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McCarthyism (1950-1956)

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Gwen Hedden

on 16 October 2013

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Transcript of McCarthyism (1950-1956)

McCarthyism
and the Red Scare
(1950-1956)

Why were we scared?
After WWII, the US had a great deal of anxiety about any form of government that was different than our own. The actions and policies of Hitler, Stalin, Lenin, and Trotsky terrified Americans and we feared that we were in danger of infiltration of our own government. During the Chinese Civil War, there was a very real fear that Soviet spies had come into our country with the express purpose to weaken us from the inside. As McCarthy began to find spies and supporters of Communism, the fears of an attack ran on high. After we dropped the bomb on Hiroshima and Nagasaki, we worried that the science and technology was now out there for someone else to do the same to us!
Senator from Wisconsin (1947-1957) who was extremely active in the accusation and interrogation of Americans, whom he suspected of being spies for the Soviets or Communist sympathizers. He was censured in the Senate after there was a majority of people who felt these "witch hunts" and subsequent imprisonments were unnecessary.
Who was McCarthy?
His name has become synonymous with the "Red Scare"
In the 1930s, many artists, teachers, writers, and scholars started to think that the Communist approach to economy had some virtues. These more liberally-minded Americans, started to share their opinions openly. Many accused them of being anti-American, when in reality they were only stating the problems with Capitalism. Later, when McCarthyism was in full swing these people were brought to court on accusations of being anti-American and working with the Soviets to bring forth the ruin of our government and nation. One of the best known examples of this was known as the "Hollywood Blacklist", or the "Hollywood 10". Among them was noted playwright, Arthur Miller.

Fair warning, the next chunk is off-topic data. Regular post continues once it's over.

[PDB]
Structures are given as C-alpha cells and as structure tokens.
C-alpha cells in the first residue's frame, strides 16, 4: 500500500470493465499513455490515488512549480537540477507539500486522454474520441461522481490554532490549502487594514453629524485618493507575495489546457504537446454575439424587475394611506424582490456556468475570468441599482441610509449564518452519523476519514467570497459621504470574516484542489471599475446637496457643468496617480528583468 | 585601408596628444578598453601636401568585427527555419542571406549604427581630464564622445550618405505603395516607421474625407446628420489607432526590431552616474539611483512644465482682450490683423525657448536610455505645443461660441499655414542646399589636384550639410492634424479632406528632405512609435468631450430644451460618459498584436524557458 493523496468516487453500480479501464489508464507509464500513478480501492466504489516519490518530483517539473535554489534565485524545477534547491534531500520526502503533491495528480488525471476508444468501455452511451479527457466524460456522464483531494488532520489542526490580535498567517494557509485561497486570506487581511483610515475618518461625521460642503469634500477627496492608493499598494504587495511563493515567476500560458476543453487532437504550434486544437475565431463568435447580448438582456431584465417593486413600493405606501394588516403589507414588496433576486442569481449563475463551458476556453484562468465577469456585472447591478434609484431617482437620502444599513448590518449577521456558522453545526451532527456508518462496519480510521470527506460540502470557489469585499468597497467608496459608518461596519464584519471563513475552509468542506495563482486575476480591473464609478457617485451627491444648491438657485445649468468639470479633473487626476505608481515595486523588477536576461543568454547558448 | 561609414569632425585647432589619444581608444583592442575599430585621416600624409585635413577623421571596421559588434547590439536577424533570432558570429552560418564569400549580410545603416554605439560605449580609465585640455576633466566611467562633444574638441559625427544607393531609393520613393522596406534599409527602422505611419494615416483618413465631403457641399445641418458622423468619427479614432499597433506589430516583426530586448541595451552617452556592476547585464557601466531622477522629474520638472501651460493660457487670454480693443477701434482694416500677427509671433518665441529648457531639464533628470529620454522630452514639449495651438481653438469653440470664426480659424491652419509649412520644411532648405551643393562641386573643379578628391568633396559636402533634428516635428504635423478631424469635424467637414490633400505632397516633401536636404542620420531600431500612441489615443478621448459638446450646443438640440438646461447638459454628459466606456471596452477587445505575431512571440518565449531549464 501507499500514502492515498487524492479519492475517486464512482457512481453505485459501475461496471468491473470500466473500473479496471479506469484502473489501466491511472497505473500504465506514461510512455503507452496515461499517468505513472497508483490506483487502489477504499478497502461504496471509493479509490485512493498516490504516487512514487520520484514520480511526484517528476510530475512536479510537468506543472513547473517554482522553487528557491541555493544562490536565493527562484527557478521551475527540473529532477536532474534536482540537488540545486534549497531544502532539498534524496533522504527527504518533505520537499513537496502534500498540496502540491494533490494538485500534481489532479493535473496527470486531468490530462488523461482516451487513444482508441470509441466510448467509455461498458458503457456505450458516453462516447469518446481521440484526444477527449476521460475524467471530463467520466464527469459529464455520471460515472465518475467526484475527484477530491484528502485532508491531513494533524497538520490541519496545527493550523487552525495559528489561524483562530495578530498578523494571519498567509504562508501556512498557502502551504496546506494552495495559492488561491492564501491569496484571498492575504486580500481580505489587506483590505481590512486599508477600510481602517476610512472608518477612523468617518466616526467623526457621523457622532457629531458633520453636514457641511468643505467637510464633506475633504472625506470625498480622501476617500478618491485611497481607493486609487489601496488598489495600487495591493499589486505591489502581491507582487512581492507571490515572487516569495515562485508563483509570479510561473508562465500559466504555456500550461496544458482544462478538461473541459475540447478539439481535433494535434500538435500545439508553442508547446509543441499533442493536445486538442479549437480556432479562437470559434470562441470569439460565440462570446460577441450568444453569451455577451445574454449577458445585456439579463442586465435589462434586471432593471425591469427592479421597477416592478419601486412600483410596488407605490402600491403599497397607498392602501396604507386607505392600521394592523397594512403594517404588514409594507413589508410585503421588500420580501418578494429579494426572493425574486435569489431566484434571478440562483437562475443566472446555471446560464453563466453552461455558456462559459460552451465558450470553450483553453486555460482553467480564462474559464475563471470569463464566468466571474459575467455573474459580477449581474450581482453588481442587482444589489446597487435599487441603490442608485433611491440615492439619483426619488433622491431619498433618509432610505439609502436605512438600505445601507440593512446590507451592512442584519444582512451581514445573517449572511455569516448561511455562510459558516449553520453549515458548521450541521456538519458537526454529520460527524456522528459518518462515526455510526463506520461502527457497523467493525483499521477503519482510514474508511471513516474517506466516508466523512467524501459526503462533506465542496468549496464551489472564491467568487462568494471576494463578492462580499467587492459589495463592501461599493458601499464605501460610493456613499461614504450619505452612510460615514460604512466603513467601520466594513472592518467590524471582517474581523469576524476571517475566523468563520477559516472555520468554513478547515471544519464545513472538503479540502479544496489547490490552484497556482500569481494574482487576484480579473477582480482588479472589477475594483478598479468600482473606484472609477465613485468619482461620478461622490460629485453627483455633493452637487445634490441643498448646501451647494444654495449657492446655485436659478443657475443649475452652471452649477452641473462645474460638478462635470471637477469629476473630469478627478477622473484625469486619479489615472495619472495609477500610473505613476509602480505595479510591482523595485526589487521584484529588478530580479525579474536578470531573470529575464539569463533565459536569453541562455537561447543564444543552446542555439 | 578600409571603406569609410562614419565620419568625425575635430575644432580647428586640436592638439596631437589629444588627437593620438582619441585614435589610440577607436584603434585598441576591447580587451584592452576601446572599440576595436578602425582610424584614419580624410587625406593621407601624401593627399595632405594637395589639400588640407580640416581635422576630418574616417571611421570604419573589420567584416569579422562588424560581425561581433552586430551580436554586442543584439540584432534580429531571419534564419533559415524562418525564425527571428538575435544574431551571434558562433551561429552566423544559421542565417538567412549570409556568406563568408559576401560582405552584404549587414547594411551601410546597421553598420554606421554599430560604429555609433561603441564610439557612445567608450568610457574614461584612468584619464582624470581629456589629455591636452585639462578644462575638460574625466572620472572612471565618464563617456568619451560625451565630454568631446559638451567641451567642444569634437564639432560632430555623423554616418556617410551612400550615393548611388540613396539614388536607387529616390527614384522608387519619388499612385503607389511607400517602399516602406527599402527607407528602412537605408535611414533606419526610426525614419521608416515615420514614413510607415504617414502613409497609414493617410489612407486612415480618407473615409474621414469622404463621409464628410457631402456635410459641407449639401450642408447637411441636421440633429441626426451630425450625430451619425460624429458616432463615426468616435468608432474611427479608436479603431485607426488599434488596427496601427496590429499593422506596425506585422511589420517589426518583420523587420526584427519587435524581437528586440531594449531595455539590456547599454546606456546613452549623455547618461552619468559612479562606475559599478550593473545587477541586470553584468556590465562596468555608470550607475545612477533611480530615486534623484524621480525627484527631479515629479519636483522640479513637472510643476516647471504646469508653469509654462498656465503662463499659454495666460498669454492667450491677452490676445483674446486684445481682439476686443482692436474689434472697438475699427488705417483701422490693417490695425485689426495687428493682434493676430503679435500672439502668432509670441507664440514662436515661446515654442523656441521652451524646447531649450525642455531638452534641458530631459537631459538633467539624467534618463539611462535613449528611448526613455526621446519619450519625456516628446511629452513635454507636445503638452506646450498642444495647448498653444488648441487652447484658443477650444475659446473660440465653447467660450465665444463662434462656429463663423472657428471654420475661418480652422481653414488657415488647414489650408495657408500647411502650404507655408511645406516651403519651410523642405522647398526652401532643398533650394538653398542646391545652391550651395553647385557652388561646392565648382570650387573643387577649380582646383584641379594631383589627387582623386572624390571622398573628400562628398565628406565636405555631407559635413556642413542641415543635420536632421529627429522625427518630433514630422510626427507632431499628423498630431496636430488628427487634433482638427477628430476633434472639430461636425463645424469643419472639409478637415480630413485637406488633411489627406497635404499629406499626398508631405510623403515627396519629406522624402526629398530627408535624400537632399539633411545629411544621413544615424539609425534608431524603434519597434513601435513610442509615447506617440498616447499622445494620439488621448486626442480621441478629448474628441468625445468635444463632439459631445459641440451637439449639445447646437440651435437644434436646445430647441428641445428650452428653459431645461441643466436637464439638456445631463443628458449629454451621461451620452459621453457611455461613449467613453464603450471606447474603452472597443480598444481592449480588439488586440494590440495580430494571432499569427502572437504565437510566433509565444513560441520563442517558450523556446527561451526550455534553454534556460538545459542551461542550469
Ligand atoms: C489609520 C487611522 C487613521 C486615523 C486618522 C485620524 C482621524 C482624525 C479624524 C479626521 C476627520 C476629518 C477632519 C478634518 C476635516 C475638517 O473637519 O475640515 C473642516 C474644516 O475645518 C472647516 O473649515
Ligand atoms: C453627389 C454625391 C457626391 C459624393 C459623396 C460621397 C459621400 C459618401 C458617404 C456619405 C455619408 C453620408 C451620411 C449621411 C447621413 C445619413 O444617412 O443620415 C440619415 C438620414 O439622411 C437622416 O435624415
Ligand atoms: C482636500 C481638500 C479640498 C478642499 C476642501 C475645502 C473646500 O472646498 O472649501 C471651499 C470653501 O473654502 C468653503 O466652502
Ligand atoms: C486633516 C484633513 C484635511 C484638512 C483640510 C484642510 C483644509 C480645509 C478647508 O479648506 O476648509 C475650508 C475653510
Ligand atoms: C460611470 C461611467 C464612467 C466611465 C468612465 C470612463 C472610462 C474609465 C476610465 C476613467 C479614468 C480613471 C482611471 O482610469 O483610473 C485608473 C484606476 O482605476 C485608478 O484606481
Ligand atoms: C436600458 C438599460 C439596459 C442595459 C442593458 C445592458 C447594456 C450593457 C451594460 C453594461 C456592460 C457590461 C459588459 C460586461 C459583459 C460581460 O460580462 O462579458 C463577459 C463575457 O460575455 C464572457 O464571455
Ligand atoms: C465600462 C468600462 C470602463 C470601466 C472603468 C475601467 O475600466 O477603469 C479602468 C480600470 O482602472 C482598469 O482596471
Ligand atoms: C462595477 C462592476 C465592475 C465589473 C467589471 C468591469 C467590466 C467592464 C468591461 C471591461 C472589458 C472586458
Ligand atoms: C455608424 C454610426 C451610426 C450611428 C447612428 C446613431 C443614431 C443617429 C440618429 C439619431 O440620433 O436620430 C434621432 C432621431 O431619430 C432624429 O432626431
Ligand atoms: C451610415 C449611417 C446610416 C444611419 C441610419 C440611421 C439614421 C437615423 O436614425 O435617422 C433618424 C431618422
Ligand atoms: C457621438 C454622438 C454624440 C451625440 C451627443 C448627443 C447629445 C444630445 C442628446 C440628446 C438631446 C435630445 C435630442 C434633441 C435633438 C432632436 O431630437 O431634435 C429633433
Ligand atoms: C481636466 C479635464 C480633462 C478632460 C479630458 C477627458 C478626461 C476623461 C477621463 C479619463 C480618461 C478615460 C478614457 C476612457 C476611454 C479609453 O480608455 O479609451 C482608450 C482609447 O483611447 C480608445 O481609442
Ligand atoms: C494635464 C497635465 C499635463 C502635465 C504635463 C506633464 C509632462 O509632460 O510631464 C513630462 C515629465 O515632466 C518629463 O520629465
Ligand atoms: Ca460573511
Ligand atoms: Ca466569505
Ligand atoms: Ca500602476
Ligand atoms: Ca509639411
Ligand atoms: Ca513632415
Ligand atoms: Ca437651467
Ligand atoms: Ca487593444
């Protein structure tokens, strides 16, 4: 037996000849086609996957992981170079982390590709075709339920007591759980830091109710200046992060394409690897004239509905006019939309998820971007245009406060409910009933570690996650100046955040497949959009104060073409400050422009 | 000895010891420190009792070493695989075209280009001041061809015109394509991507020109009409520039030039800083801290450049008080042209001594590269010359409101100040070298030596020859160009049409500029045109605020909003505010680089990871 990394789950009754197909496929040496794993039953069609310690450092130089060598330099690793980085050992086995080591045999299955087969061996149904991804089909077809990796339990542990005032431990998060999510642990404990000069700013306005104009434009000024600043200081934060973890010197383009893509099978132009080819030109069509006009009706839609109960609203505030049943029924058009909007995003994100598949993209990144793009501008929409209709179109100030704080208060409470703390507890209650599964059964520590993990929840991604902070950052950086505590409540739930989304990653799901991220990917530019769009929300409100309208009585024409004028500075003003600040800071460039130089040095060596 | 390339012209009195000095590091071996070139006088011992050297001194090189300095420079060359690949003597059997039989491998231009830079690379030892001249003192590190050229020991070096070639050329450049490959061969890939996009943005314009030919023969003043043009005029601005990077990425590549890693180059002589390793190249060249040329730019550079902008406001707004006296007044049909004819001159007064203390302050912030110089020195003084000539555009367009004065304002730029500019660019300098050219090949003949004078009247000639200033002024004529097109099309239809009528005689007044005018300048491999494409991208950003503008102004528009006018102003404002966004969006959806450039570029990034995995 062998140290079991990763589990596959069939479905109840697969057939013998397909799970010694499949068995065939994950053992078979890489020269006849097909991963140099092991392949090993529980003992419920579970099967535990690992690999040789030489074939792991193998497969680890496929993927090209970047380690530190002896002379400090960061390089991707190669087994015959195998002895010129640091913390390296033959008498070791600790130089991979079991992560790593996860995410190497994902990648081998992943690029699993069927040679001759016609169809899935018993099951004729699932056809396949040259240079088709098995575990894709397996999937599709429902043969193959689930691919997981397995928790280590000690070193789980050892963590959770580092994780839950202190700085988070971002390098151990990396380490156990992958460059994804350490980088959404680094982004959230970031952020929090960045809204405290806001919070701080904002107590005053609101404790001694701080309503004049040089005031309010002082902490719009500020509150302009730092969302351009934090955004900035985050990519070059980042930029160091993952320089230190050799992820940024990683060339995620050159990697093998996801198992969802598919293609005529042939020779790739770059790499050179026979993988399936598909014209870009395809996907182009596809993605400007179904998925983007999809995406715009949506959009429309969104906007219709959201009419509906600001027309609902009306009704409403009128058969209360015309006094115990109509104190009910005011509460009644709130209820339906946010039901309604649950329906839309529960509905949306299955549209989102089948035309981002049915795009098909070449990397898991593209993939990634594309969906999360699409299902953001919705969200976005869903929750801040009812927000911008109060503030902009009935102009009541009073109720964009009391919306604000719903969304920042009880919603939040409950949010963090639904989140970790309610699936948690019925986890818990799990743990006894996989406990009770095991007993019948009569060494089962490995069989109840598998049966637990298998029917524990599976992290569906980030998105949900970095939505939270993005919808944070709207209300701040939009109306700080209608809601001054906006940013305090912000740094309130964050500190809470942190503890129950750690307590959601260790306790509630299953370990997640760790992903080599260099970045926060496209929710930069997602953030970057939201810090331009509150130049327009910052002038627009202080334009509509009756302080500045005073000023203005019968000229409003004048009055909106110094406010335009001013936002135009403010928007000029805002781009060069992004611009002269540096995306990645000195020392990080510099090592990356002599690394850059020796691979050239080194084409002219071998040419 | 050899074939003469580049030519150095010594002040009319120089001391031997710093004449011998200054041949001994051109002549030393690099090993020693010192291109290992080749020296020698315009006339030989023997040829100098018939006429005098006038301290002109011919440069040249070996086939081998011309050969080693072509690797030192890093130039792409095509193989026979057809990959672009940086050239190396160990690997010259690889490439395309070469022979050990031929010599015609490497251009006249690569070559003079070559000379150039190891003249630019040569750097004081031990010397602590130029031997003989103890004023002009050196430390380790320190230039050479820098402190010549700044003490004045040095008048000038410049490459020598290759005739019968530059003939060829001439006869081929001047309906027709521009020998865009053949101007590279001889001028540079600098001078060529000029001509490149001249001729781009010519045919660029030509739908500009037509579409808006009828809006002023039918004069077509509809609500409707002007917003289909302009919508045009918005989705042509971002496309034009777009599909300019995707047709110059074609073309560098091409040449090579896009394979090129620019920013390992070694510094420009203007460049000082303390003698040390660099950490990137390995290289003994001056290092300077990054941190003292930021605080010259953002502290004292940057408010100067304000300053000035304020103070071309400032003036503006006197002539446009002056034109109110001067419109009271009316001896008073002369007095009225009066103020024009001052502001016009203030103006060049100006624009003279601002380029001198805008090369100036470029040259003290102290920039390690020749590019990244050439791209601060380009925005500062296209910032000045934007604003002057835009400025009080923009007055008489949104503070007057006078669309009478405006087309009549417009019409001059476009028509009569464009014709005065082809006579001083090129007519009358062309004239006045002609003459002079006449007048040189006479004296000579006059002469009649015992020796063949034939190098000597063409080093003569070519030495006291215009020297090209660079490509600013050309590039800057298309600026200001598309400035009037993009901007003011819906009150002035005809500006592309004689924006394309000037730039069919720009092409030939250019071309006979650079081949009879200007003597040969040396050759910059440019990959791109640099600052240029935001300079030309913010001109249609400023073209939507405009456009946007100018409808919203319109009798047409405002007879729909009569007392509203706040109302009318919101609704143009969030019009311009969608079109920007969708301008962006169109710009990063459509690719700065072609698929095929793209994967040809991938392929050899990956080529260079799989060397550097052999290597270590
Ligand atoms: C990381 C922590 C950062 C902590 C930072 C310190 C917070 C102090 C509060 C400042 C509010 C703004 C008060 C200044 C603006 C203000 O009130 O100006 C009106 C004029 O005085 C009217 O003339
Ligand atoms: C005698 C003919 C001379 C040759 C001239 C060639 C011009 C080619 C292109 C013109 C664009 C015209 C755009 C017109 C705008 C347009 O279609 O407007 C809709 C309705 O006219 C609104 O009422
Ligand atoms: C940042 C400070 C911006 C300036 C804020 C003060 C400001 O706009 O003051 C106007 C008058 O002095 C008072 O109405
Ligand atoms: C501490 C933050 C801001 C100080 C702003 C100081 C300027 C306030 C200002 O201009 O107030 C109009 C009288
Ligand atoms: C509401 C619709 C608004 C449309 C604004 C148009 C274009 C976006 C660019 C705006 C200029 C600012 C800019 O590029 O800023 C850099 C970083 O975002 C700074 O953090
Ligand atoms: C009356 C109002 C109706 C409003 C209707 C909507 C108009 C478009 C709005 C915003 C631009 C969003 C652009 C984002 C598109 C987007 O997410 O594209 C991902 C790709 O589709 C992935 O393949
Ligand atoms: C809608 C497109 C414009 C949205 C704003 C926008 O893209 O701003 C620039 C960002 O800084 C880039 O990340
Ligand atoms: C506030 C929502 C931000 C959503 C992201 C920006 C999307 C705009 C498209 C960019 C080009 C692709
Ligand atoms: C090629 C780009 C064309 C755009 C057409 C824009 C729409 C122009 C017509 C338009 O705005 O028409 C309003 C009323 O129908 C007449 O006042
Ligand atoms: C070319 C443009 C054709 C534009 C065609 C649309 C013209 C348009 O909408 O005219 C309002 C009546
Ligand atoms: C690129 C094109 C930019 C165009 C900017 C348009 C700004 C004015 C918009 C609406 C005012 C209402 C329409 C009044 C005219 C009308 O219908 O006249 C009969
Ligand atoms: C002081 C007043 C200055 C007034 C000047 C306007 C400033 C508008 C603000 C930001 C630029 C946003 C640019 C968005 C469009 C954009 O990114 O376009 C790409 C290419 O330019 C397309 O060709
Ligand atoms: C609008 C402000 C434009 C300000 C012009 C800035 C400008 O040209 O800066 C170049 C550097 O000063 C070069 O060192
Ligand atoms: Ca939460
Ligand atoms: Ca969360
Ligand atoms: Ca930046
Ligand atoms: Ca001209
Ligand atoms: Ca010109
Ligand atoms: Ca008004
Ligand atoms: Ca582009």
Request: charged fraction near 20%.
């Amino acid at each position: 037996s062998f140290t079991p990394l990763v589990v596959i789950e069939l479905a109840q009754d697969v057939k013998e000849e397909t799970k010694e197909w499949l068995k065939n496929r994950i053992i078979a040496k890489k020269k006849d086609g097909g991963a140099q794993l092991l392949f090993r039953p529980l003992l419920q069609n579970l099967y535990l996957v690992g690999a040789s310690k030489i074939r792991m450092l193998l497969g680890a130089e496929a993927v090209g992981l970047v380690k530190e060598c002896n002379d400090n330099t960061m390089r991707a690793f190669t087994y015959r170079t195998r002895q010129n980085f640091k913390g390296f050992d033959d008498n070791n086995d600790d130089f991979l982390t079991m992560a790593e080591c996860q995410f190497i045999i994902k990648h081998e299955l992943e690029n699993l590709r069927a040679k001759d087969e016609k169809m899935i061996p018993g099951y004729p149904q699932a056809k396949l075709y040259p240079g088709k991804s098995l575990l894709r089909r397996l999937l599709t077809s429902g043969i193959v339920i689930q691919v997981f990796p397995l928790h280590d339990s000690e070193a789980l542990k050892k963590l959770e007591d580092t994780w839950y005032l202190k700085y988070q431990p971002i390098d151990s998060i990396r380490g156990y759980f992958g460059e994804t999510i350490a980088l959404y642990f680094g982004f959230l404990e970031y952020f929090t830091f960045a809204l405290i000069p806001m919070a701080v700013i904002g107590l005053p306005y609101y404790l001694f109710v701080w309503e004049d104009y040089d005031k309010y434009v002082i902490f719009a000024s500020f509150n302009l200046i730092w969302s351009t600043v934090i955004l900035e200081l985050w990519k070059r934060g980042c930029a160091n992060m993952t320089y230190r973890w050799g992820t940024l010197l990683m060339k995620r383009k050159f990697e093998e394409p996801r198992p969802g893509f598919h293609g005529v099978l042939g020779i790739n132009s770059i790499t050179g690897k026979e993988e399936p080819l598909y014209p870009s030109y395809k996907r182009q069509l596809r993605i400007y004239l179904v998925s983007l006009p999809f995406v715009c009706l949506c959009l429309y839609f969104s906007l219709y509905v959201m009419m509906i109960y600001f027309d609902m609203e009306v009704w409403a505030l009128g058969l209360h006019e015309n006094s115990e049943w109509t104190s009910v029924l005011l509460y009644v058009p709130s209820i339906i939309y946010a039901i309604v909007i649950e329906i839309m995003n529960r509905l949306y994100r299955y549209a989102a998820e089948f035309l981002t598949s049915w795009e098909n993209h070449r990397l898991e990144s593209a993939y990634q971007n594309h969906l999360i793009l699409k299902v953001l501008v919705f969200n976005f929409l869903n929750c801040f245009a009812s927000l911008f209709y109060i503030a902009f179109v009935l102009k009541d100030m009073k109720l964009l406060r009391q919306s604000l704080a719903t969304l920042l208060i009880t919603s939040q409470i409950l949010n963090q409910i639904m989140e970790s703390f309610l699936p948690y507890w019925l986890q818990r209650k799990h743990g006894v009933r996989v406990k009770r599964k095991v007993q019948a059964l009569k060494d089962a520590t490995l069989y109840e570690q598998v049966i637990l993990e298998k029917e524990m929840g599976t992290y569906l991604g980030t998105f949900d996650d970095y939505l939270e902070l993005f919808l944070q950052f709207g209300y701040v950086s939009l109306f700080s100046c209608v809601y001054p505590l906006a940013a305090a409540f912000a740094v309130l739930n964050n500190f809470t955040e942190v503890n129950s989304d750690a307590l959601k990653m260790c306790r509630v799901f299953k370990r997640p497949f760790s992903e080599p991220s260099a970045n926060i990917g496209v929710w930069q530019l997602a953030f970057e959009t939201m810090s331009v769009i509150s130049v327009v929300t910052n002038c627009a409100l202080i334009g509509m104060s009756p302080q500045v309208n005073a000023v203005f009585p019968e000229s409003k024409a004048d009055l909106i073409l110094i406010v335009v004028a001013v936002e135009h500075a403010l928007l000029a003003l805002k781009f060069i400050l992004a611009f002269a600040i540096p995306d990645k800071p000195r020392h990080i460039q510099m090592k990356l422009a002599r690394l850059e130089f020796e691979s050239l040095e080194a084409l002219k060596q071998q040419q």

What does this have to do with
"The Crucible"?
Psssst!
In addition to the persecution of suspected Communists, Soviet spies, and sympathizers, McCarthy is also remembered for his attempts to intimidate, and expel from government positions, persons whom he accused, or threatened to publicly accuse, of homosexuality. This lesser-known witch hunt is referred to as the
"Lavender Scare".
What was the "Hollywood Blacklist"?
Those who were brought to court on allegations of "Un-American Activities" were questioned about their political leanings, and possible Communist sympathies. The thought was that these individuals were guilty of putting pro-Communist propaganda in American films. If put on trial and publicly accused, one found it difficult to find work because they were blacklisted. One reporter, William R. Wilkerson, stated that if you were to see a movie that one of these individuals had been involved in it was a "vote for Stalin". Many were arrested or found in contempt of court because, even after proving themselves to be true-blue Americans, they would not volunteer or admit to any names of other suspected sympathizers. Sound familiar?